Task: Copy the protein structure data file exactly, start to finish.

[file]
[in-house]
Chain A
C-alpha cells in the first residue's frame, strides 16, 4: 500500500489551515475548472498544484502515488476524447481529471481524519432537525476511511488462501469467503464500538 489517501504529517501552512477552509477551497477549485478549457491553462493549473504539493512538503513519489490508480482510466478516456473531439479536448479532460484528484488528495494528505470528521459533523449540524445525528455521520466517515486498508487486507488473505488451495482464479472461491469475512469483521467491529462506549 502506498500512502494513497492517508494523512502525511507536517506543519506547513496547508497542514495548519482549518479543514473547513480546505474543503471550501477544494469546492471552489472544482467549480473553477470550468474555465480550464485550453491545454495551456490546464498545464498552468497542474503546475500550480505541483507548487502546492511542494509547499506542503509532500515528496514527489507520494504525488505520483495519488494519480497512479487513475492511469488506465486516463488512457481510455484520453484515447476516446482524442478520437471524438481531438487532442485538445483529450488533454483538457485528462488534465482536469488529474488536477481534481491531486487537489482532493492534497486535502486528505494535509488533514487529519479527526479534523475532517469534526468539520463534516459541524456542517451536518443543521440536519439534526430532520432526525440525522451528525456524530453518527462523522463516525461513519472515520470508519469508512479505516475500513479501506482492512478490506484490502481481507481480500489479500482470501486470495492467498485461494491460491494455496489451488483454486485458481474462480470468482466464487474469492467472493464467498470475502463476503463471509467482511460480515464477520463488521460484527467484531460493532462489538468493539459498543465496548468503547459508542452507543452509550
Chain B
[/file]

[in-house]
Chain A
C-alpha cells in the first residue's frame, strides 16, 4: 500500500489551515475548472498544484502515488476524447481529471481524519432537525476511511488462501469467503464500538 489517501504529517501552512477552509477551497477549485478549457491553462493549473504539493512538503513519489490508480482510466478516456473531439479536448479532460484528484488528495494528505470528521459533523449540524445525528455521520466517515486498508487486507488473505488451495482464479472461491469475512469483521467491529462506549 502506498500512502494513497492517508494523512502525511507536517506543519506547513496547508497542514495548519482549518479543514473547513480546505474543503471550501477544494469546492471552489472544482467549480473553477470550468474555465480550464485550453491545454495551456490546464498545464498552468497542474503546475500550480505541483507548487502546492511542494509547499506542503509532500515528496514527489507520494504525488505520483495519488494519480497512479487513475492511469488506465486516463488512457481510455484520453484515447476516446482524442478520437471524438481531438487532442485538445483529450488533454483538457485528462488534465482536469488529474488536477481534481491531486487537489482532493492534497486535502486528505494535509488533514487529519479527526479534523475532517469534526468539520463534516459541524456542517451536518443543521440536519439534526430532520432526525440525522451528525456524530453518527462523522463516525461513519472515520470508519469508512479505516475500513479501506482492512478490506484490502481481507481480500489479500482470501486470495492467498485461494491460491494455496489451488483454486485458481474462480470468482466464487474469492467472493464467498470475502463476503463471509467482511460480515464477520463488521460484527467484531460493532462489538468493539459498543465496548468503547459508542452507543452509550
Chain B